ears to our world

At ETOW, we believe access to information is access to education. We provide innovative, simple and appropriate technologies to schools and communities in remote, rural and impoverished regions of our world.

Filtering by Tag: Radios

Why Radio in Disasters?

by Rob de Santos

What would you do if your car died on a dark road, out of sight of any building? Your mobile phone doesn’t get a signal. The car battery has died. It’s cold, dark, and perhaps even raining. You are truly “out of touch,” not sure when help is going to arrive. Would you be worried? Scared, even?

Now, put yourself in a disaster zone. Your house may be damaged or destroyed. Public utilities aren’t functioning. Power is out and mobile phones aren’t working. You are truly “out of touch.” Now, how might you feel?

The scenarios are remarkably similar in the feelings and concerns they elicit. In both cases, the lack of any communication makes the situation far worse. In both situations, if you could just turn on a radio and get news of what is going on in your area and when help might arrive, your sense of security increases as your fears diminish.

Such is the power of radio. When other communications fail, a simple radio with a crank or solar panel for power and knob to tune it offers a reassuring voice. A source of knowledge instead of just rumors. Before schools can get outside resources, or children can travel over repaired roads, radio provides a funnel of information that allows education to continue.

It’s easy (and necessary) in a disaster to think about necessities such as food, shelter, and clean water. How do people in the disaster learn where to go and how to get help with these basic needs? If you live in the industrialized world you might just assume it will show up where you are, sooner or later. As many found even in the aftermath of Hurricane Katrina in the United States, that can be a risky assumption. What you need is information on how to help yourself, and the best way to get the information is through a radio.

Finding the right radios

Our radios are self-powered by built-in hand cranks. If you search the internet for shortwave radios, you'll find there are a lot of radios on the market. Like many consumer electronics, they come in all sizes, colors, price categories, and offer a dizzying array of features.

For our purposes, the selection is unfortunately not as extensive. Ears To Our World (ETOW) distributes radios to teachers and classrooms in very rural parts of the world, so our needs are quite different.

What do we look for in an ETOW radio? Here is a list of our basic requirements:

  • The ability to power itself --Because the rural locations where we work usually do not have mains electrical power, these radios must have a mechanism for charging themselves, such as through  the use of a hand-crank generator or a solar panel.
  • Adequate frequency coverage -- The bulk of our radios will be going to destinations that use much lower shortwave frequencies (for local stations) than we are used to in North America. Our minimum requirement is that a radio's SW1 coverage will receive down to 5.8 MHz, but we give preference to radios that can range lower. In a few years, solar activity will make it possible for much more distant stations to be heard with clarity in the higher SW2 frequencies; thus we also seek radios that reach up to 22 MHz. Many countries also utilize the FM and mediumwave (AM) bands for local news and information. (For a sampling of what is available on these frequencies, look through the broadcast schedules on our Programming page.)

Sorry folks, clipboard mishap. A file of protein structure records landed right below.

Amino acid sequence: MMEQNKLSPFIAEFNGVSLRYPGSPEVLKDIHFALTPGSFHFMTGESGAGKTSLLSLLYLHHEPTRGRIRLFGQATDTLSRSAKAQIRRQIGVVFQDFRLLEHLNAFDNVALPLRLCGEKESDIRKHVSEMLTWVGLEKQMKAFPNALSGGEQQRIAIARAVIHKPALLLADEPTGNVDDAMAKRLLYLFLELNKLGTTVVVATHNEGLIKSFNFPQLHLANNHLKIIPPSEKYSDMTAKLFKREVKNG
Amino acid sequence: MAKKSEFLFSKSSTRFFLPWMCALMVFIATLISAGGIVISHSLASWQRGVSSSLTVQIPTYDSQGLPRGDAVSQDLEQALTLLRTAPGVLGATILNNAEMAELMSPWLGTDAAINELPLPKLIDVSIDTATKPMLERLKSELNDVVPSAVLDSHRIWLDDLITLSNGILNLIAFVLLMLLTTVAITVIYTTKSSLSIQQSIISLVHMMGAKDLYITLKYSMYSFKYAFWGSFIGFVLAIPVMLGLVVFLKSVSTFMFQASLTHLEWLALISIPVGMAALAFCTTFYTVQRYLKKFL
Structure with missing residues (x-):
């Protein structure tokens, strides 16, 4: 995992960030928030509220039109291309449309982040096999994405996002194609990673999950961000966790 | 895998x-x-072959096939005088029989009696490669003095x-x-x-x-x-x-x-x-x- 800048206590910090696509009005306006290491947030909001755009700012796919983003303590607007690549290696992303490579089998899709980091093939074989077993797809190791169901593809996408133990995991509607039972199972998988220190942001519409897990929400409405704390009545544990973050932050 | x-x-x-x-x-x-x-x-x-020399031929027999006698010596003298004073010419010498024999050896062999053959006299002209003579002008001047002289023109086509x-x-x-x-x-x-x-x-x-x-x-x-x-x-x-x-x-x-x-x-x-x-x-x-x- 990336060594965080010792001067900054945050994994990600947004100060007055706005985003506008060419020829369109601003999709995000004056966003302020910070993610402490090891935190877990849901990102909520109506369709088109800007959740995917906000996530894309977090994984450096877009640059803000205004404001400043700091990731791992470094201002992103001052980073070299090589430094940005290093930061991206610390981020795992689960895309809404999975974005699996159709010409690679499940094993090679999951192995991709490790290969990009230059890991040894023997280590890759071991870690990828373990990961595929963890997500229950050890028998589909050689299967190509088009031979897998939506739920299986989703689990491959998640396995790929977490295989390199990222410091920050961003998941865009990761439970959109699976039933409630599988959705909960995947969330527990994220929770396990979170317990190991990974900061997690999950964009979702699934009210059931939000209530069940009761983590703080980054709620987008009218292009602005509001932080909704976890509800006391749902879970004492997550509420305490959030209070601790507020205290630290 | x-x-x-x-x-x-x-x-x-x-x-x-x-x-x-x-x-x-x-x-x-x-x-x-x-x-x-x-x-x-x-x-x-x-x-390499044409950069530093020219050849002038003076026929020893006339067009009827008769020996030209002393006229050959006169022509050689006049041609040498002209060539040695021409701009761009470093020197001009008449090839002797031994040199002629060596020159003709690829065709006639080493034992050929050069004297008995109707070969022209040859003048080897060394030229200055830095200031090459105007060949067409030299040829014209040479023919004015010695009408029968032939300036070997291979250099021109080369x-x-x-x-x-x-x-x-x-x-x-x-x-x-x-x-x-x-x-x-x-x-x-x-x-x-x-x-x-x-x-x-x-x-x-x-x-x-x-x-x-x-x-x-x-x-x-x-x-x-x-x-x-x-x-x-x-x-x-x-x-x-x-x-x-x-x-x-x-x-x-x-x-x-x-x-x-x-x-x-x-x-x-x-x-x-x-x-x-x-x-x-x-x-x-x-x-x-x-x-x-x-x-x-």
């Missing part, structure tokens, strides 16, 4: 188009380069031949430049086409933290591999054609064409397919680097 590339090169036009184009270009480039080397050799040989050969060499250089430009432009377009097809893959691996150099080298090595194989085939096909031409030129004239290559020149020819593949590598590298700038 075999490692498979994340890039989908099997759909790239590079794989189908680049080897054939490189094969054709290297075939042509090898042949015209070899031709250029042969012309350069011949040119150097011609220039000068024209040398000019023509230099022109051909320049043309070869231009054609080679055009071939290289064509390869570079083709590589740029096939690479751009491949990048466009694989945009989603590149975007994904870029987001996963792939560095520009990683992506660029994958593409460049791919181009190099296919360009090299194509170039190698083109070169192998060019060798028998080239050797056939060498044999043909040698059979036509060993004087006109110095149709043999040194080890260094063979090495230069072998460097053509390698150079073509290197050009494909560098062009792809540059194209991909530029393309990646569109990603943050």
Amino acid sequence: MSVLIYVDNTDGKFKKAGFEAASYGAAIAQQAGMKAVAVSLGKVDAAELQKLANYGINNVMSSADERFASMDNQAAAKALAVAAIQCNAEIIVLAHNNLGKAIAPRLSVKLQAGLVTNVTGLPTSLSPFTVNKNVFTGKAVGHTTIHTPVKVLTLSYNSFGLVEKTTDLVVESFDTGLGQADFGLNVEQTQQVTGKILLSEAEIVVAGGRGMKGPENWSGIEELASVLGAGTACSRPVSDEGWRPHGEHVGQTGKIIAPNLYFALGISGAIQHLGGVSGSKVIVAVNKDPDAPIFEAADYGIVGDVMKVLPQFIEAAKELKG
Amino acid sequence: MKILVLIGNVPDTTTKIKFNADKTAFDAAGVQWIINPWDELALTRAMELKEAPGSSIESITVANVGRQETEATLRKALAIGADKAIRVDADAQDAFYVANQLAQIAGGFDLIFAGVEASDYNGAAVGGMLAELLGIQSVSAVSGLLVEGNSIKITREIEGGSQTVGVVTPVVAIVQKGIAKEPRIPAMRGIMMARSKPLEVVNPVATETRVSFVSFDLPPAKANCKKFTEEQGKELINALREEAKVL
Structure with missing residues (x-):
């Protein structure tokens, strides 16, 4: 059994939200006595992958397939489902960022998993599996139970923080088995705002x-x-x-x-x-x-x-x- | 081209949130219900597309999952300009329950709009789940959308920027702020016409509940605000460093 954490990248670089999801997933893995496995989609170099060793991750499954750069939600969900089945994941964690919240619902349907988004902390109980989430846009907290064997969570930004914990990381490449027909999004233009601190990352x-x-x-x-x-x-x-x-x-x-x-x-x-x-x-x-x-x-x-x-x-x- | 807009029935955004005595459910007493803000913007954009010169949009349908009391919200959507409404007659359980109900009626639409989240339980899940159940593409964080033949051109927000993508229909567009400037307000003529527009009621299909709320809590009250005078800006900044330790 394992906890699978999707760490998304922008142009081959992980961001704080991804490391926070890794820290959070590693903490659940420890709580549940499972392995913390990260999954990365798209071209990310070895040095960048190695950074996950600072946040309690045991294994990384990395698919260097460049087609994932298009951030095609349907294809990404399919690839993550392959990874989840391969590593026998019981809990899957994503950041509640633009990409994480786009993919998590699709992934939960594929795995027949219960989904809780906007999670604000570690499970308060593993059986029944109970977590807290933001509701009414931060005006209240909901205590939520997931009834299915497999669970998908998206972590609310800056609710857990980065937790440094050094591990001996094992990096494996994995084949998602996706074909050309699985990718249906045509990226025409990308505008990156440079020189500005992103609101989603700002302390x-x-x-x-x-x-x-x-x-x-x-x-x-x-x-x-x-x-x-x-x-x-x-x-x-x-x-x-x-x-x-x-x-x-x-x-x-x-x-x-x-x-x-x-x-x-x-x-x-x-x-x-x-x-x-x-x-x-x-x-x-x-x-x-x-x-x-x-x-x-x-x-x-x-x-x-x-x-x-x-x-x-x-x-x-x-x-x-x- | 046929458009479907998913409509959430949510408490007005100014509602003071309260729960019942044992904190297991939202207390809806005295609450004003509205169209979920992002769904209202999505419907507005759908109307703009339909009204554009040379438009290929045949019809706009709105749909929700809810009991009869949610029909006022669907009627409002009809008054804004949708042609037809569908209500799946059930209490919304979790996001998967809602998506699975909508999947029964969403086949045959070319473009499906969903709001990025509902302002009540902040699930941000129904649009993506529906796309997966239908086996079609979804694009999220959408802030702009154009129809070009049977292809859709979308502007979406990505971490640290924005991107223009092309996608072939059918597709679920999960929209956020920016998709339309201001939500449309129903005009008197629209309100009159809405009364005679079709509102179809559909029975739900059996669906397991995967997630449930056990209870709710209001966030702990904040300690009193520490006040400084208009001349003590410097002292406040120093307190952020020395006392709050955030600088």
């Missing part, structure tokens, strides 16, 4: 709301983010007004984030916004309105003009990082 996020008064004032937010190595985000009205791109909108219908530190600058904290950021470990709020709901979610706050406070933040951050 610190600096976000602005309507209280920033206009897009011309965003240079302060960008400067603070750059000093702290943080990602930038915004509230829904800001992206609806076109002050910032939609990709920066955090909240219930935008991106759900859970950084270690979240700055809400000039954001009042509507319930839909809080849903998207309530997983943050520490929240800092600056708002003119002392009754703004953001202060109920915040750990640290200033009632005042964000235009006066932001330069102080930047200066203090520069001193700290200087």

• High-quality build -- Our radios will be handled by teachers and children very intensively. They need to be very rugged, designed to take the rigors of busy school environments, and operable outdoors.
  • All ETOW radios will sport an LED reading lamp.

    Good sound fidelity -- The built-in speaker on our radios must be capable of producing enough volume that it can be heard in a large classroom (or outdoor area) without the distortion of sound.

  • Simple to operate -- Our radios will be accompanied by a basic custom-designed owner's guide and we hope to provide on-site education to our teachers and radio guardians; however, it is essential that the radio functions are also intuitive.
  • Sensitivity -- Our radios must have receivers strong enough to pull international broadcast stations.
  • Built-in reading lamp -- The radios we are testing have built-in LED lights that act as flashlights or reading lamps, a crucial function in the areas we supply--helping our teachers and students read after sundown, as well as improving safety.

Factoring in the above minimum requirements narrows the extensive collection of shortwave radios on the world market to approximately ten radios. Choosing the right radios to test out of these final few is difficult.

Luckily, we have friends in the right places; ETOW is fortunate to have the support of Fred Osterman (President of Universal Radio in Reynoldsburg, OH). Universal Radio has been sending us a steady supply of self-powered shortwave receivers, which we are currently testing. Without Universal's exceedingly generous support, we would have been forced to dedicate our limited funds to purchase these test radios.

With Fred's help, we have narrowed our selection to two radios, either of which is likely to serve our purpose. When we make our final selection, we will post the announcement here on the ETOW website.

If you'd like to find out what radios passed the hurdles, check back soon!

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